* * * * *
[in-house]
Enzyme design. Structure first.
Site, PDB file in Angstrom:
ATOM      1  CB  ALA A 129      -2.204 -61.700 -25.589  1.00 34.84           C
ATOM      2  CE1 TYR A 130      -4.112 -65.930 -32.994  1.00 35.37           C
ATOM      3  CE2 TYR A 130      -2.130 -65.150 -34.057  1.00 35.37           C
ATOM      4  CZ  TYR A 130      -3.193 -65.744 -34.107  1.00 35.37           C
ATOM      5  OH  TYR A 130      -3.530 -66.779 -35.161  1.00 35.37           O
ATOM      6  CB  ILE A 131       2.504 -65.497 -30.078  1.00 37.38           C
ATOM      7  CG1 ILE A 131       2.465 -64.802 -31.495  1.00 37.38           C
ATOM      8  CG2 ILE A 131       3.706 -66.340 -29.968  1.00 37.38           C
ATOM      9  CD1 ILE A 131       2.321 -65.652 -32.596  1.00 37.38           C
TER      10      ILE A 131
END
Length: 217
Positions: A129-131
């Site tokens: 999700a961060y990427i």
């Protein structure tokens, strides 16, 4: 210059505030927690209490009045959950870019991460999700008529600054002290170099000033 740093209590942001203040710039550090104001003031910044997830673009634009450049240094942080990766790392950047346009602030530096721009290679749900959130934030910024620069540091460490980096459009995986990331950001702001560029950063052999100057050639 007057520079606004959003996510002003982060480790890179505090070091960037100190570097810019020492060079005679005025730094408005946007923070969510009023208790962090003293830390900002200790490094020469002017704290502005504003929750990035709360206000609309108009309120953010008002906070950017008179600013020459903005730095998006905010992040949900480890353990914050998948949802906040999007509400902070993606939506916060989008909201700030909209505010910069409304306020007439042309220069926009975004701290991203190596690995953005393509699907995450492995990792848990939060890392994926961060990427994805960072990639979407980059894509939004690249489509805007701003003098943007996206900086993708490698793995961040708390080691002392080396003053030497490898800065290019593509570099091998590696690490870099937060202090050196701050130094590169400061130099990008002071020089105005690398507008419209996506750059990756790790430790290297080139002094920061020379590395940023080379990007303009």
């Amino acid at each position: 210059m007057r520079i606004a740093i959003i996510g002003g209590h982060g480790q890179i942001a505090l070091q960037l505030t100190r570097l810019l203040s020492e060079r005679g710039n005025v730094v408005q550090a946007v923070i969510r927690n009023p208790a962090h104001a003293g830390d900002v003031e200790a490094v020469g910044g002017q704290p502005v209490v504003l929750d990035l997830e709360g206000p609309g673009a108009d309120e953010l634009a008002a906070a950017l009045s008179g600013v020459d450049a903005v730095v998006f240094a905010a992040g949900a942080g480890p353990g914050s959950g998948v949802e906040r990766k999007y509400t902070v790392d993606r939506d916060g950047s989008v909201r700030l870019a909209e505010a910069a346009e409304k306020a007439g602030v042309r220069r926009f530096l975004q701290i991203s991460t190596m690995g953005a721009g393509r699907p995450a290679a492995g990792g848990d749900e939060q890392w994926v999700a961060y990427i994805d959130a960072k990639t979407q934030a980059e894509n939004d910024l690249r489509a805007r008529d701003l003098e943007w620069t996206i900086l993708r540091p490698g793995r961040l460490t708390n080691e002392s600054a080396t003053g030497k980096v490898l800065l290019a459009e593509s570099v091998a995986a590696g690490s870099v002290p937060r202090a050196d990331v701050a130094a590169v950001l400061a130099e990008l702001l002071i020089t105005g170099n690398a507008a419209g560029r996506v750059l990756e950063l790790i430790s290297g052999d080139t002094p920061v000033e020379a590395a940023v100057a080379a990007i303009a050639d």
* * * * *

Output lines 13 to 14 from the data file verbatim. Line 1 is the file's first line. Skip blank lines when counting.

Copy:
TER      10      ILE A 131
END